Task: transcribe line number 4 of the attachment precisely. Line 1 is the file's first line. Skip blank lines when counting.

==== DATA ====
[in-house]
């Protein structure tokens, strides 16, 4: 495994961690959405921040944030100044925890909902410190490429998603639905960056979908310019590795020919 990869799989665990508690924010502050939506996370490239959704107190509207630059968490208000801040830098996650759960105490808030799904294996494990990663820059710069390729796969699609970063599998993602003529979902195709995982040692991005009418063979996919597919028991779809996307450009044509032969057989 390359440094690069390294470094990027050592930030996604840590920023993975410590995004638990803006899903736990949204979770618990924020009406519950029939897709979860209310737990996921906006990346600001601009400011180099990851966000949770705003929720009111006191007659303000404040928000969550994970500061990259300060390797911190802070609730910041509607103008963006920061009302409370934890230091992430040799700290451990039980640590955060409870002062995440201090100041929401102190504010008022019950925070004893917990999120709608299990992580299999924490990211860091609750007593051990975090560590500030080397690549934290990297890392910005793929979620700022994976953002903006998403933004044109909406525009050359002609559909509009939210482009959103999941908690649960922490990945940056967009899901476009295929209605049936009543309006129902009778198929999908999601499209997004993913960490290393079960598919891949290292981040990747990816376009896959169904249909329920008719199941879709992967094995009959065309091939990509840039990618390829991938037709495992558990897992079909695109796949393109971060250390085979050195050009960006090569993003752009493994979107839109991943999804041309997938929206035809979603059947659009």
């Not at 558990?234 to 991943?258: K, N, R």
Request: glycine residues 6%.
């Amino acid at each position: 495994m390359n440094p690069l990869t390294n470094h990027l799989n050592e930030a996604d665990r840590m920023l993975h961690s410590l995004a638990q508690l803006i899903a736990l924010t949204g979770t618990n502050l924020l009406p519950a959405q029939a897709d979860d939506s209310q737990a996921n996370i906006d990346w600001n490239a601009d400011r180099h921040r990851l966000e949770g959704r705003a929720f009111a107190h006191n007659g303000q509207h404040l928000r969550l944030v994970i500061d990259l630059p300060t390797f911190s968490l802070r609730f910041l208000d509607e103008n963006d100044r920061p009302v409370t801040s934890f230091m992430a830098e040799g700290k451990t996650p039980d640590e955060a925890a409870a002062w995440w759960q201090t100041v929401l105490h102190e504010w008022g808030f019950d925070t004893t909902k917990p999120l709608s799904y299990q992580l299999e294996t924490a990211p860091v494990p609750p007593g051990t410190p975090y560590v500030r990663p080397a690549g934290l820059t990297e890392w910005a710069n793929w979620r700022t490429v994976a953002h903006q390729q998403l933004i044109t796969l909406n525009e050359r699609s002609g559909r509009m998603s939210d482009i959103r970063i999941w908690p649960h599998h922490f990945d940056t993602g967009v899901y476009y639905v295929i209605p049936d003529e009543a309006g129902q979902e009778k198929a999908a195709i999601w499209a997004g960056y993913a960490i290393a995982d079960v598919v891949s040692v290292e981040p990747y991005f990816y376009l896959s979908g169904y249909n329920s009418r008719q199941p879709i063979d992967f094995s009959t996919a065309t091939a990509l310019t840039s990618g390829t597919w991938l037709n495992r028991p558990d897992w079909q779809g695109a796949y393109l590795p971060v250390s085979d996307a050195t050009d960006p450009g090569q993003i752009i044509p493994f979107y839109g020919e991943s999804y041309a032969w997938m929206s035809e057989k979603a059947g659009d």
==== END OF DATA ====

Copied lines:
Request: glycine residues 6%.